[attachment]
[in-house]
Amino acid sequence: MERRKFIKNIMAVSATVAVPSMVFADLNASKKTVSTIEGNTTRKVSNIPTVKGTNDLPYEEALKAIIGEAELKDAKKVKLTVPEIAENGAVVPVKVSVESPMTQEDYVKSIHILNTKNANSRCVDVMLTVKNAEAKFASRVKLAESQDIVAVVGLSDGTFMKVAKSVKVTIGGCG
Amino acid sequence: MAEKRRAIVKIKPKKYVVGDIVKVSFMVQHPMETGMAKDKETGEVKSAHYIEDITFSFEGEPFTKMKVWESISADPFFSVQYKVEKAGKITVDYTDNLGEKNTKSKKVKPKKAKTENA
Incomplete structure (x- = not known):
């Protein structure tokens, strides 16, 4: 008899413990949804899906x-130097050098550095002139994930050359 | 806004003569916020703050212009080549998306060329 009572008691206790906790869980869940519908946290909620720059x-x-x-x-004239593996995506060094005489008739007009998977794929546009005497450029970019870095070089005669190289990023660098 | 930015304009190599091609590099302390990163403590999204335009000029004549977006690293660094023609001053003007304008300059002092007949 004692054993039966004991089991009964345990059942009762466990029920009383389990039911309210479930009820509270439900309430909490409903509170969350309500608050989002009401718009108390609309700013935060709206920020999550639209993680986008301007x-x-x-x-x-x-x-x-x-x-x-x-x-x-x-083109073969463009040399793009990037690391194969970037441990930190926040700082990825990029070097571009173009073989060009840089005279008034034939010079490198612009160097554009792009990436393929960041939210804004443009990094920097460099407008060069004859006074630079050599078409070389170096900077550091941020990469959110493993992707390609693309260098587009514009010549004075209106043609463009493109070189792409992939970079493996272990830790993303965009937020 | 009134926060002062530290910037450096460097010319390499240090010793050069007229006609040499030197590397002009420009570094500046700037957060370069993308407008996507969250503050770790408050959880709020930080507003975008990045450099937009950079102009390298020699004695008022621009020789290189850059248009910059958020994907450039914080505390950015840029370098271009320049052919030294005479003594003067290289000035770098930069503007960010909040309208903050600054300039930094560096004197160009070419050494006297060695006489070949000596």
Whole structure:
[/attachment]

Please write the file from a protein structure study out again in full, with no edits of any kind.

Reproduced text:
[in-house]
Amino acid sequence: MERRKFIKNIMAVSATVAVPSMVFADLNASKKTVSTIEGNTTRKVSNIPTVKGTNDLPYEEALKAIIGEAELKDAKKVKLTVPEIAENGAVVPVKVSVESPMTQEDYVKSIHILNTKNANSRCVDVMLTVKNAEAKFASRVKLAESQDIVAVVGLSDGTFMKVAKSVKVTIGGCG
Amino acid sequence: MAEKRRAIVKIKPKKYVVGDIVKVSFMVQHPMETGMAKDKETGEVKSAHYIEDITFSFEGEPFTKMKVWESISADPFFSVQYKVEKAGKITVDYTDNLGEKNTKSKKVKPKKAKTENA
Incomplete structure (x- = not known):
């Protein structure tokens, strides 16, 4: 008899413990949804899906x-130097050098550095002139994930050359 | 806004003569916020703050212009080549998306060329 009572008691206790906790869980869940519908946290909620720059x-x-x-x-004239593996995506060094005489008739007009998977794929546009005497450029970019870095070089005669190289990023660098 | 930015304009190599091609590099302390990163403590999204335009000029004549977006690293660094023609001053003007304008300059002092007949 004692054993039966004991089991009964345990059942009762466990029920009383389990039911309210479930009820509270439900309430909490409903509170969350309500608050989002009401718009108390609309700013935060709206920020999550639209993680986008301007x-x-x-x-x-x-x-x-x-x-x-x-x-x-x-083109073969463009040399793009990037690391194969970037441990930190926040700082990825990029070097571009173009073989060009840089005279008034034939010079490198612009160097554009792009990436393929960041939210804004443009990094920097460099407008060069004859006074630079050599078409070389170096900077550091941020990469959110493993992707390609693309260098587009514009010549004075209106043609463009493109070189792409992939970079493996272990830790993303965009937020 | 009134926060002062530290910037450096460097010319390499240090010793050069007229006609040499030197590397002009420009570094500046700037957060370069993308407008996507969250503050770790408050959880709020930080507003975008990045450099937009950079102009390298020699004695008022621009020789290189850059248009910059958020994907450039914080505390950015840029370098271009320049052919030294005479003594003067290289000035770098930069503007960010909040309208903050600054300039930094560096004197160009070419050494006297060695006489070949000596």
Whole structure: